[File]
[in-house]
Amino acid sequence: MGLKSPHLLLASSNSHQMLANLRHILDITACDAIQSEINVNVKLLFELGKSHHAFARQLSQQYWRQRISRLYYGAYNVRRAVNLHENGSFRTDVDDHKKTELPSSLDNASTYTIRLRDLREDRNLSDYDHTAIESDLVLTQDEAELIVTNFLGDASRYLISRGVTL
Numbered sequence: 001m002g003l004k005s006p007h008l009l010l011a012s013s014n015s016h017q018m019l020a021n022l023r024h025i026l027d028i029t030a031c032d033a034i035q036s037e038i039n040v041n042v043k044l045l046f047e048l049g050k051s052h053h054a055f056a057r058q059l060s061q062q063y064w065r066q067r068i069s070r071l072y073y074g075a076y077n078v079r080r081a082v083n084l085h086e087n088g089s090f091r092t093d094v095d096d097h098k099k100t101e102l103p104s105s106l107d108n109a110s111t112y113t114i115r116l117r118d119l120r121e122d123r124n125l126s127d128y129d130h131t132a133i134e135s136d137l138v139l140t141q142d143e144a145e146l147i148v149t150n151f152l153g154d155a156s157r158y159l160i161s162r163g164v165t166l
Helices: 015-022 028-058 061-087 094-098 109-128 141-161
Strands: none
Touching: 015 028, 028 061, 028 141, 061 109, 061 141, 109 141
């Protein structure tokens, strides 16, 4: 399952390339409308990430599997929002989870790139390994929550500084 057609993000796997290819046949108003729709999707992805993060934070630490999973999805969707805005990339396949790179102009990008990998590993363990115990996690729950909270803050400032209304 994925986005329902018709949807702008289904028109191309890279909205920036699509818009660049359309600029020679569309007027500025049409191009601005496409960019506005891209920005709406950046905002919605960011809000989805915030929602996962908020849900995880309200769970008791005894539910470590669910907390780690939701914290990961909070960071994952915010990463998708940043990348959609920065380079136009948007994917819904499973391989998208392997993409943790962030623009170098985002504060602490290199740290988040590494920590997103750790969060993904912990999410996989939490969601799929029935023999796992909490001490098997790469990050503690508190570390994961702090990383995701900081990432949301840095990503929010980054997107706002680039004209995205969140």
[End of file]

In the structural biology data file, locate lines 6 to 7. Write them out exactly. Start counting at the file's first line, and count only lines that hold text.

Touching: 015 028, 028 061, 028 141, 061 109, 061 141, 109 141
């Protein structure tokens, strides 16, 4: 399952390339409308990430599997929002989870790139390994929550500084 057609993000796997290819046949108003729709999707992805993060934070630490999973999805969707805005990339396949790179102009990008990998590993363990115990996690729950909270803050400032209304 994925986005329902018709949807702008289904028109191309890279909205920036699509818009660049359309600029020679569309007027500025049409191009601005496409960019506005891209920005709406950046905002919605960011809000989805915030929602996962908020849900995880309200769970008791005894539910470590669910907390780690939701914290990961909070960071994952915010990463998708940043990348959609920065380079136009948007994917819904499973391989998208392997993409943790962030623009170098985002504060602490290199740290988040590494920590997103750790969060993904912990999410996989939490969601799929029935023999796992909490001490098997790469990050503690508190570390994961702090990383995701900081990432949301840095990503929010980054997107706002680039004209995205969140």